The European Commission’s (EC) push for deforestation-free products in the agricultural supply chain has raised concerns from European Union (EU) trade associations representing the grain, oilseeds, crushing and animal feed sectors following the EC’s adoption on 28 June of the General Approach of the Environmental Council on the proposal.

In a joint statement, the three trade associations – EU vegetable oil and protein meal industry association (FEDIOL), EU trade association for cereals, rice, feedstuffs, oilseeds, olive oil, oils and fats (COCERAL) and EU feed manufacturers’ federation (FEFAC) – welcomed some elements of the proposals such as the council’s move to avoid duplication of due diligence.

However, they expressed concern that no significant changes were put forward on traceability, cooperation with third countries, and chain of custody.

“Even if some farmers are able to comply with this [traceability to plot] requirement, collecting geo-location data of smallholders and cooperatives faces important technical, logistical, legal and governance challenges which cannot be addressed by companies alone,” the associations said in their 29 June statement.

“If such challenges are not solved under a multi-stakeholder approach involving local governments, local industry actors, EU operators, the European Commission and NGOs, companies will not be able to collect reliable geo-location to plot information for the majority of smallholders currently part of their supply chains.”

The associations urged the EC to tackle the challenges through forest partnerships, development assistance and any other available means before implementing and enforcing the regulation’s geo-location to plot requirement.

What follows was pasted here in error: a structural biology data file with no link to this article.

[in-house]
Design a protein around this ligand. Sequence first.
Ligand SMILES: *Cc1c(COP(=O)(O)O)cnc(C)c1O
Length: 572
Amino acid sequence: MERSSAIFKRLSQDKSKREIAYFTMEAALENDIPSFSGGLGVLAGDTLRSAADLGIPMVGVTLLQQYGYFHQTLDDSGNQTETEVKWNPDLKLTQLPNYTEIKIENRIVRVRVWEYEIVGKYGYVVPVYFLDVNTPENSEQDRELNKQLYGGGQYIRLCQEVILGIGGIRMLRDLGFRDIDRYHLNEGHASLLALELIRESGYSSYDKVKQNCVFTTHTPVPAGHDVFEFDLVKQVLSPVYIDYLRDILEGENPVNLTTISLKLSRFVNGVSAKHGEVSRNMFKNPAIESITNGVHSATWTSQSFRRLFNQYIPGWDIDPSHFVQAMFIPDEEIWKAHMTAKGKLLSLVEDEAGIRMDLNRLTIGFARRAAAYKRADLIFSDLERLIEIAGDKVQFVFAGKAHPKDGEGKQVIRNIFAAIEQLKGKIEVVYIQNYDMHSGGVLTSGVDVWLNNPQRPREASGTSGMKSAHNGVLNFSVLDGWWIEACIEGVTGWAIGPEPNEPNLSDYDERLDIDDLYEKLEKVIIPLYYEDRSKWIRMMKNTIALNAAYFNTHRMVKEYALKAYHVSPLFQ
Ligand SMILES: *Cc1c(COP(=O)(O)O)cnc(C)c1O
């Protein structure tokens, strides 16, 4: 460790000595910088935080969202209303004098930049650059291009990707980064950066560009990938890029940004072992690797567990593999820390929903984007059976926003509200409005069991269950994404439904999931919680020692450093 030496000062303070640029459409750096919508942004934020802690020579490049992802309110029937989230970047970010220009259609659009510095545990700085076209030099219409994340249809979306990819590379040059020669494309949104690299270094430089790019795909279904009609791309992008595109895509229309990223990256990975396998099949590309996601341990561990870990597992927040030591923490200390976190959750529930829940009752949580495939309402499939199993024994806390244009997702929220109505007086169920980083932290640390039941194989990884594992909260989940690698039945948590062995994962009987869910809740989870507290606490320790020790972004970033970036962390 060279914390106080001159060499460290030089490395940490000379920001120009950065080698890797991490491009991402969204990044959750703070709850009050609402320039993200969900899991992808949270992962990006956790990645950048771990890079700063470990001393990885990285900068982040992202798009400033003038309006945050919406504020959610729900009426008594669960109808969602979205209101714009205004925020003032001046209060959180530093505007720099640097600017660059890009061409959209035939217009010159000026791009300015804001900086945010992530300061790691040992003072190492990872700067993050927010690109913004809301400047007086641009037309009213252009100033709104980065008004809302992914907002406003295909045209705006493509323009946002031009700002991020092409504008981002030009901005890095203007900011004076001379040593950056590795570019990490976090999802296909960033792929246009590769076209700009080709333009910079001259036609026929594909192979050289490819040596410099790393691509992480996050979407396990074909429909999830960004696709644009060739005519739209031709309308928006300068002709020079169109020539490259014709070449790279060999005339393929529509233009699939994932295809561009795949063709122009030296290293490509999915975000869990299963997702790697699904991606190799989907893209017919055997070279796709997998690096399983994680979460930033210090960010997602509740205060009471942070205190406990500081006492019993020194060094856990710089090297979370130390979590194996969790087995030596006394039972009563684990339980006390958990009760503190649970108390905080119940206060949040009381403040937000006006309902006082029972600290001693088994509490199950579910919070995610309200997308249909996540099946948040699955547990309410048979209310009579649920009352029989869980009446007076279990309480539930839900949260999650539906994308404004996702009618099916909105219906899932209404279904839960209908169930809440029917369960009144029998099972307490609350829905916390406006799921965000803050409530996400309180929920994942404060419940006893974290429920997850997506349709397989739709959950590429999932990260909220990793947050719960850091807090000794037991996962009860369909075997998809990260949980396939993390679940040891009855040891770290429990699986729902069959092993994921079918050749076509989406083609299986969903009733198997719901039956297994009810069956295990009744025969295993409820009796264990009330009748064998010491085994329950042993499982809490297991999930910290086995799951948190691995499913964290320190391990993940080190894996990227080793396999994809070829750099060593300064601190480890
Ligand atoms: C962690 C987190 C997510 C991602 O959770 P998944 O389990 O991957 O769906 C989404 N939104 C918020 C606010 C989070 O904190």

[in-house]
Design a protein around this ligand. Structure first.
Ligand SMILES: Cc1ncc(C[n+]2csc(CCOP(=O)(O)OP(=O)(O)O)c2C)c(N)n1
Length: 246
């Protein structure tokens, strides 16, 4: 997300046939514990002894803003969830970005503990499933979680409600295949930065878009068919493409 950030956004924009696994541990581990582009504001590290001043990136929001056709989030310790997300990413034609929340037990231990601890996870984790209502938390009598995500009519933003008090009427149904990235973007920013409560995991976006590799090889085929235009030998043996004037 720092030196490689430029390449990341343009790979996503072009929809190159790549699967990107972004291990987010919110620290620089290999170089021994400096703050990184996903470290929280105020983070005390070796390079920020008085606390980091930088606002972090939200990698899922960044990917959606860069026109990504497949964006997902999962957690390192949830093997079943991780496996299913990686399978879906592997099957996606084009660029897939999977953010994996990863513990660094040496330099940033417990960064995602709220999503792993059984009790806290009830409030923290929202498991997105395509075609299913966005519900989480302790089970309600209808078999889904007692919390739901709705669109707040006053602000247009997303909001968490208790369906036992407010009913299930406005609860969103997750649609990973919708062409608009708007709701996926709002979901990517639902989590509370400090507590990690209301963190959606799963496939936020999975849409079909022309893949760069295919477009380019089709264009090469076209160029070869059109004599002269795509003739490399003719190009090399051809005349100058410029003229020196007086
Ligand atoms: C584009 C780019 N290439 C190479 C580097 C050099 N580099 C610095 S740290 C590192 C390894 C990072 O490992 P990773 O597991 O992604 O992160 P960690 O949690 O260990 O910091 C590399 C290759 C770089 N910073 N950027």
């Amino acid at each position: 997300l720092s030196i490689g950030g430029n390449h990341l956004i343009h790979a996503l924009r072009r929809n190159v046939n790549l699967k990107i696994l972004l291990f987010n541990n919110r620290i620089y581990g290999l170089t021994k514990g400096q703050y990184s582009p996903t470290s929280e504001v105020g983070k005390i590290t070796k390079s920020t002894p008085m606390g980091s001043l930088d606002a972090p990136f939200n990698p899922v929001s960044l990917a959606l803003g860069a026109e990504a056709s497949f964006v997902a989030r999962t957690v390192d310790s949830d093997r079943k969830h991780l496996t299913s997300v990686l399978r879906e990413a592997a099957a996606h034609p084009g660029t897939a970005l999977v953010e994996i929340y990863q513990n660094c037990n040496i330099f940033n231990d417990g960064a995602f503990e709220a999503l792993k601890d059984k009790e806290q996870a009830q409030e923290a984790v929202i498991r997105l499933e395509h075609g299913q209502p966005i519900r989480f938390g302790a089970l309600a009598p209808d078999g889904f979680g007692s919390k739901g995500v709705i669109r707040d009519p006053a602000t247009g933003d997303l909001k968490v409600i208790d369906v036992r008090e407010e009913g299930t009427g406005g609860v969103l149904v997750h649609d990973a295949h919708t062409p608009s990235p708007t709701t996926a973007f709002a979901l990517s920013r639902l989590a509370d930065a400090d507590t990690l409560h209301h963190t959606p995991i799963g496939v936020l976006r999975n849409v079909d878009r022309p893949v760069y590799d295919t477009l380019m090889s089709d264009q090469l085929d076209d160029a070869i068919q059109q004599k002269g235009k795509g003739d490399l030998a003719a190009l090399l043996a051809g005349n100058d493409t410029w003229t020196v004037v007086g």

While the EC’s proposal did not explicitly refer to the required chain of custody for delivering deforestation-free products, its inclusion of “risk of mixing with products of unknown origin or produced in areas where deforestation or forest degradation has occurred or is occurring” as part of an operator’s risk assessment pre-supposed that deforestation-free products could not be physically mixed with products which had not been verified as “deforestation-free”, the organisations said.

“If this type of mixing is not allowed…, it will have a disruptive, trade distorting effect on global soyabean supply chains to the EU while undermining deforestation-free commitments and efforts already undertaken in high-risk areas,” the statement said.

“It would require building new infrastructure (country elevators, silos, crushing lines or plants, port loading) at such prohibitive costs that operators in most large ports are likely to abstain from the investment,” the associations added. “As a result, supply flows into the EU are expected to be considerably reduced and to switch from high-risk to low-risk areas, abandoning all positive engagement and incentives to farmers to halt deforestation.”

The associations said the industry was ready to work with the EC and other stakeholders to address the challenges.